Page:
1. Ukraine & Russia: A Fraternal Rivalry, by Anatol Lieven. I didn't think I needed to read a dated book on Russian-Ukrainian relations, but in fact I did. This has excellent detail and conceptual analysis on every page. Recommended.
2. Neurodiversity: Discovering the Extraordinary Gifts of Autism, ADHD, Dyslexia, and Other Brain Differences, by Thomas Armstrong. I don't agree with all the details in this book, but so far it is the major popular statement of the position outlined by its title.
3. William Vollmann, Kissing the Mask: Beauty, Understatement and Femininity in Japanese Noh Theater, with Some Thoughts on Muses (Especially Helga Testorf), Transgender Women, Kabuki Goddesses, Porn Queens, Poets, Hou. What can one say about Vollmann at this point? The title is descriptive, for sure, and the author loves his topic. He's massively flawed to read but still more alive than most writers. Here are earlier MR posts on Vollmann, who issues large and deeply informed tomes at the rate I produce blog posts.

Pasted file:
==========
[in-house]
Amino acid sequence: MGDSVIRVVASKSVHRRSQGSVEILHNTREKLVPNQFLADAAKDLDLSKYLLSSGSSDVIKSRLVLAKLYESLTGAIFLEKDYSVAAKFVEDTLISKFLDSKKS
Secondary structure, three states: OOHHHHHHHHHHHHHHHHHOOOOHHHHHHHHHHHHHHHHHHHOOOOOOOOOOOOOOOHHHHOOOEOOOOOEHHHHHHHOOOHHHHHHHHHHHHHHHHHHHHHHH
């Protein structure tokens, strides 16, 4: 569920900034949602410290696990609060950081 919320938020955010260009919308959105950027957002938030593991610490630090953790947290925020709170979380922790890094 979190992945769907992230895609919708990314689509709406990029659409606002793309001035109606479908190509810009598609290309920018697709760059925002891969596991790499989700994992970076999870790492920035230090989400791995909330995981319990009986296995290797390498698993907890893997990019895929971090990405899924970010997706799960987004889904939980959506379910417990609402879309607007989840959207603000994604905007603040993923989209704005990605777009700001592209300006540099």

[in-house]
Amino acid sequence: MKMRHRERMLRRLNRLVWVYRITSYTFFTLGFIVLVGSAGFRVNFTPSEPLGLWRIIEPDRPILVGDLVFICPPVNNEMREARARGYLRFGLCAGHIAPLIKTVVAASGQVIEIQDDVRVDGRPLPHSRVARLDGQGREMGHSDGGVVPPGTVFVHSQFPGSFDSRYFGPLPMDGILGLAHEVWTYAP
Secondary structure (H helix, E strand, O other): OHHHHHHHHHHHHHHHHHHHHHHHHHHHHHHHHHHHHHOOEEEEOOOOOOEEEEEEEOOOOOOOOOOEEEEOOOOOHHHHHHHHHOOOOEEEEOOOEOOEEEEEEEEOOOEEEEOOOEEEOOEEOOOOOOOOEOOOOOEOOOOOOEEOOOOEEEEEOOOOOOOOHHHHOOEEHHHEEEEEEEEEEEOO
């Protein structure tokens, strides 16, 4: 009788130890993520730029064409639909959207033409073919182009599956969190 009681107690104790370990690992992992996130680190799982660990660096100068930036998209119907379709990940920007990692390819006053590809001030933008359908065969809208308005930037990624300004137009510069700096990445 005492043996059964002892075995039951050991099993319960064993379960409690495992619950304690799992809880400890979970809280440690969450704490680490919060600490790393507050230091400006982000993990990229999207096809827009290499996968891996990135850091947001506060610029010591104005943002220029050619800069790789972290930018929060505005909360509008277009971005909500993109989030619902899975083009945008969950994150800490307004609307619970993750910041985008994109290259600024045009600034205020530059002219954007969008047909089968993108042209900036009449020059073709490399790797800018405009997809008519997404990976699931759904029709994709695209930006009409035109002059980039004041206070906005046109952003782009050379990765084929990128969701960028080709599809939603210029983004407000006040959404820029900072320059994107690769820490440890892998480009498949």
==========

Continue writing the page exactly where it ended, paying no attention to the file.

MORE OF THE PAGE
4. Kai Bird, Crossing Mandelbaum Gate: Coming of Age Between the Arabs and Israelis, 1956-1978. This is a fascinating portrait of the mid-century Arab world, a story of a itinerant childhood, plus it's an account of festering Mideast conflicts, a political Bildungsroman, and, every now and then, a story of what it's like to be an Israel skeptic and also be married to a woman whose parents are Holocaust survivors. Intelligent on every page.
5. Frank Trentmann, Free Trade Nation. The rise and decline of free trade ideology in Britain, told in scholarly yet exciting fashion. I am just starting this one.